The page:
Although neither of the two 919 Hybrids made it to the podium, both were strong contenders throughout the race, with the #20 car leading the race for a significant period of time before a powertrain issue took it out of the race. A summary of the race from Porsche’s point of view is below.

I absolutely love that Porsche returned to Le Mans after a long hiatus, and can’t wait to see what the coming years brings for the company and the envelope pushing technology they’re building into their entires. Racing has long been a foundation of the company and the cars that end up making it to the street.

Porsche 919 Hybrid Le Mans

I was thinking the other day about my experience driving some high end, exotic cars on a short race track a few months ago. One of them was a Porsche 911 Turbo S. As I spent some time on the sidelines watching other drivers take to the track in these cars before my turn behind the wheel, I was struck by the realization of how appropriate it was these regular old street cars were found on the track. It’s where these cars were meant to be. Cars from companies like Porsche, Ferrari, McLaren and even Lamborghini (probably to a lesser degree from a liability standpoint) were meant to be driven hard on a track.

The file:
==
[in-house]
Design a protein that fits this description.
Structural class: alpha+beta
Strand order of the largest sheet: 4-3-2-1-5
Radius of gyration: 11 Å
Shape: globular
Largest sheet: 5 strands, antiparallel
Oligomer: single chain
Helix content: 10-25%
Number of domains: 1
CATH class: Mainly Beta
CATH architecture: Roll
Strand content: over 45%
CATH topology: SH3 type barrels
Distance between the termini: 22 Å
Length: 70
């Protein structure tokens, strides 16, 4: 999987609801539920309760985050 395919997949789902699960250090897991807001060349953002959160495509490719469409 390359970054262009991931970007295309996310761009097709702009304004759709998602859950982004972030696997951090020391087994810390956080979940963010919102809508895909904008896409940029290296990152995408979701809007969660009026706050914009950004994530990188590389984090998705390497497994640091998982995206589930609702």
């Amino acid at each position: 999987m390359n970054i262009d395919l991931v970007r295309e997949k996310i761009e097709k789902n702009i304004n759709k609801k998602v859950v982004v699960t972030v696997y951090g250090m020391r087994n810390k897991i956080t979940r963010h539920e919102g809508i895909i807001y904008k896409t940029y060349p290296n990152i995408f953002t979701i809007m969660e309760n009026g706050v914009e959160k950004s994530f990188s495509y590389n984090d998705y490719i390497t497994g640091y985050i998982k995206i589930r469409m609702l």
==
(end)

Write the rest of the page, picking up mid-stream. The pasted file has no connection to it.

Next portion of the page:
The quality of street cars from high end car manufacturers we have seen over the years is made possible, in my opinion, thanks to the race environment the technology is born in and for. Being competitive in an event like Le Mans means pushing the limits of technology as we know it today and developing new technology to gain a competitive advantage. This has to happen in a reliable fashion, especially for a 24 hour race. As technology makes it way to the production cars we have the privilege of parking in our garages, we have the race arm to thank.

Kind of gives you a greater appreciation for what races like Le Mans represent in the longer term picture.

Here is the press release from Porsche about the race: